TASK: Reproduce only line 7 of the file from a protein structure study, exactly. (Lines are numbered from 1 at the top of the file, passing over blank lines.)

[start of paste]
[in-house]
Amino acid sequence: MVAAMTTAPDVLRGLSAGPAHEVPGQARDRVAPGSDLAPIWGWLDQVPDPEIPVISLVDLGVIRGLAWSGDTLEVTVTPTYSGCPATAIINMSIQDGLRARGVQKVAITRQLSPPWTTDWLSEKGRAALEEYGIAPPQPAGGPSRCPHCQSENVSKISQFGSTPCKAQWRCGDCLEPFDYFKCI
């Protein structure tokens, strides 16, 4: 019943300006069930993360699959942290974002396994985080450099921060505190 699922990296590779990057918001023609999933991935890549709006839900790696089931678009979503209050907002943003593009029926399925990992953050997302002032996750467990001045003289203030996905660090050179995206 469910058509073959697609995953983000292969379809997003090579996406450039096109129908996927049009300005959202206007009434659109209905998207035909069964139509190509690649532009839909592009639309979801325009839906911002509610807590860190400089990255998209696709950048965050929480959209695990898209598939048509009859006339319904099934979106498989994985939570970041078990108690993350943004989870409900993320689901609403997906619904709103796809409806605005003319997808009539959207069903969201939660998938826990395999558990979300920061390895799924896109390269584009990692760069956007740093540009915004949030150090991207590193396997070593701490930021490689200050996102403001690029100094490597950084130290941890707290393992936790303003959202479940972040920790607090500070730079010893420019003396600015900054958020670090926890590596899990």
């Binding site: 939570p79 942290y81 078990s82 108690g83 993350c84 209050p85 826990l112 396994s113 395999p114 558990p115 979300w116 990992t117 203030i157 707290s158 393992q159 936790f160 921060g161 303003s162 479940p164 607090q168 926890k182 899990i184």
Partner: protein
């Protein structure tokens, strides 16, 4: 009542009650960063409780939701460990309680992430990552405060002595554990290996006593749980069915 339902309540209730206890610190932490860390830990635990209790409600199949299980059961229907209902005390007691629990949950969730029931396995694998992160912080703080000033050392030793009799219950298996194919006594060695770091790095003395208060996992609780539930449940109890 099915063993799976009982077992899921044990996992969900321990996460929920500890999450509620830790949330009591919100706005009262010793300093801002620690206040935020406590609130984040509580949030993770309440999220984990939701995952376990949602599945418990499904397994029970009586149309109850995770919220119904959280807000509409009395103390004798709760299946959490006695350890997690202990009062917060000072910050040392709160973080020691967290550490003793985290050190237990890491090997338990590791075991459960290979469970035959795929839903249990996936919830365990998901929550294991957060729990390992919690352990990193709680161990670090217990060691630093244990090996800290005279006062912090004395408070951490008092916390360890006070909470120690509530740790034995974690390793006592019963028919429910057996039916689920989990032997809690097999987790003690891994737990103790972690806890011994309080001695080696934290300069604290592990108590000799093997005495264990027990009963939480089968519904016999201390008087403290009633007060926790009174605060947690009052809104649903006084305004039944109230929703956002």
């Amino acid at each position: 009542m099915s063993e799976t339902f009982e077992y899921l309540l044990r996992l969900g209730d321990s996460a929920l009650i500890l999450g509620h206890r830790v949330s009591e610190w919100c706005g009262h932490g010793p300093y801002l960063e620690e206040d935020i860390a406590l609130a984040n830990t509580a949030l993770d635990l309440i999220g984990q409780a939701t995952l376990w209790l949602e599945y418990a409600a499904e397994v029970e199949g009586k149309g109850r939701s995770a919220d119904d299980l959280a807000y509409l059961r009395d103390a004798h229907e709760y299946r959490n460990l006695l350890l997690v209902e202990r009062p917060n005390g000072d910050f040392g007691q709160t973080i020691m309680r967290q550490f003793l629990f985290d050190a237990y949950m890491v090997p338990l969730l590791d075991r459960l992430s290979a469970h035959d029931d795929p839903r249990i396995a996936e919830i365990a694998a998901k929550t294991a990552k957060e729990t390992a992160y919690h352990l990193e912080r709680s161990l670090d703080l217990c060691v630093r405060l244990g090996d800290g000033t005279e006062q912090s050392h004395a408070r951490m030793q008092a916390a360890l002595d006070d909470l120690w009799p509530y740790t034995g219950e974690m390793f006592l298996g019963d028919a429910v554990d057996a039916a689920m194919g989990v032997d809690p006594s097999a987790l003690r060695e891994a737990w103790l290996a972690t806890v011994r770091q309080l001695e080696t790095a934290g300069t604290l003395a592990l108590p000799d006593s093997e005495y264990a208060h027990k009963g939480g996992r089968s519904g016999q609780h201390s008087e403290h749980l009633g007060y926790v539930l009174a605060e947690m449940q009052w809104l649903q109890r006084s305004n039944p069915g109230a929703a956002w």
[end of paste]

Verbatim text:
């Amino acid at each position: 009542m099915s063993e799976t339902f009982e077992y899921l309540l044990r996992l969900g209730d321990s996460a929920l009650i500890l999450g509620h206890r830790v949330s009591e610190w919100c706005g009262h932490g010793p300093y801002l960063e620690e206040d935020i860390a406590l609130a984040n830990t509580a949030l993770d635990l309440i999220g984990q409780a939701t995952l376990w209790l949602e599945y418990a409600a499904e397994v029970e199949g009586k149309g109850r939701s995770a919220d119904d299980l959280a807000y509409l059961r009395d103390a004798h229907e709760y299946r959490n460990l006695l350890l997690v209902e202990r009062p917060n005390g000072d910050f040392g007691q709160t973080i020691m309680r967290q550490f003793l629990f985290d050190a237990y949950m890491v090997p338990l969730l590791d075991r459960l992430s290979a469970h035959d029931d795929p839903r249990i396995a996936e919830i365990a694998a998901k929550t294991a990552k957060e729990t390992a992160y919690h352990l990193e912080r709680s161990l670090d703080l217990c060691v630093r405060l244990g090996d800290g000033t005279e006062q912090s050392h004395a408070r951490m030793q008092a916390a360890l002595d006070d909470l120690w009799p509530y740790t034995g219950e974690m390793f006592l298996g019963d028919a429910v554990d057996a039916a689920m194919g989990v032997d809690p006594s097999a987790l003690r060695e891994a737990w103790l290996a972690t806890v011994r770091q309080l001695e080696t790095a934290g300069t604290l003395a592990l108590p000799d006593s093997e005495y264990a208060h027990k009963g939480g996992r089968s519904g016999q609780h201390s008087e403290h749980l009633g007060y926790v539930l009174a605060e947690m449940q009052w809104l649903q109890r006084s305004n039944p069915g109230a929703a956002w």